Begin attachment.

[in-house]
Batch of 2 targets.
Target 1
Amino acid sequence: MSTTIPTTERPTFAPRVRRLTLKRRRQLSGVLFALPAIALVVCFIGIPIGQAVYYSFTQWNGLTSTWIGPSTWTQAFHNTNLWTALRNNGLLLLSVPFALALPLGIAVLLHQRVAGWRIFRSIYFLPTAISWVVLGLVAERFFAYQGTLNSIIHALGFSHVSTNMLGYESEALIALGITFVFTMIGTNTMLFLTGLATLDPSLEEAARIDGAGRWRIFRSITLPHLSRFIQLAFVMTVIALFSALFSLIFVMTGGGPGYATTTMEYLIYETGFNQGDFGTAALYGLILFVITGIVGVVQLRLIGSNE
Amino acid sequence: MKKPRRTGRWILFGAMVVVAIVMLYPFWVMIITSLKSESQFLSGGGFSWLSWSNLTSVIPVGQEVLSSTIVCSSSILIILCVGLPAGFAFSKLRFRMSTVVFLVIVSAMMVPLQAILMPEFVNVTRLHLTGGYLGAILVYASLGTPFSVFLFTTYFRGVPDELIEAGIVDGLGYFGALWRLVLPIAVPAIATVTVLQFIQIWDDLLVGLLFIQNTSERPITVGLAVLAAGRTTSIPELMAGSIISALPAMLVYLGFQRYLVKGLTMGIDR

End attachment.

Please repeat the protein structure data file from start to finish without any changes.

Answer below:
[in-house]
Batch of 2 targets.
Target 1
Amino acid sequence: MSTTIPTTERPTFAPRVRRLTLKRRRQLSGVLFALPAIALVVCFIGIPIGQAVYYSFTQWNGLTSTWIGPSTWTQAFHNTNLWTALRNNGLLLLSVPFALALPLGIAVLLHQRVAGWRIFRSIYFLPTAISWVVLGLVAERFFAYQGTLNSIIHALGFSHVSTNMLGYESEALIALGITFVFTMIGTNTMLFLTGLATLDPSLEEAARIDGAGRWRIFRSITLPHLSRFIQLAFVMTVIALFSALFSLIFVMTGGGPGYATTTMEYLIYETGFNQGDFGTAALYGLILFVITGIVGVVQLRLIGSNE
Amino acid sequence: MKKPRRTGRWILFGAMVVVAIVMLYPFWVMIITSLKSESQFLSGGGFSWLSWSNLTSVIPVGQEVLSSTIVCSSSILIILCVGLPAGFAFSKLRFRMSTVVFLVIVSAMMVPLQAILMPEFVNVTRLHLTGGYLGAILVYASLGTPFSVFLFTTYFRGVPDELIEAGIVDGLGYFGALWRLVLPIAVPAIATVTVLQFIQIWDDLLVGLLFIQNTSERPITVGLAVLAAGRTTSIPELMAGSIISALPAMLVYLGFQRYLVKGLTMGIDR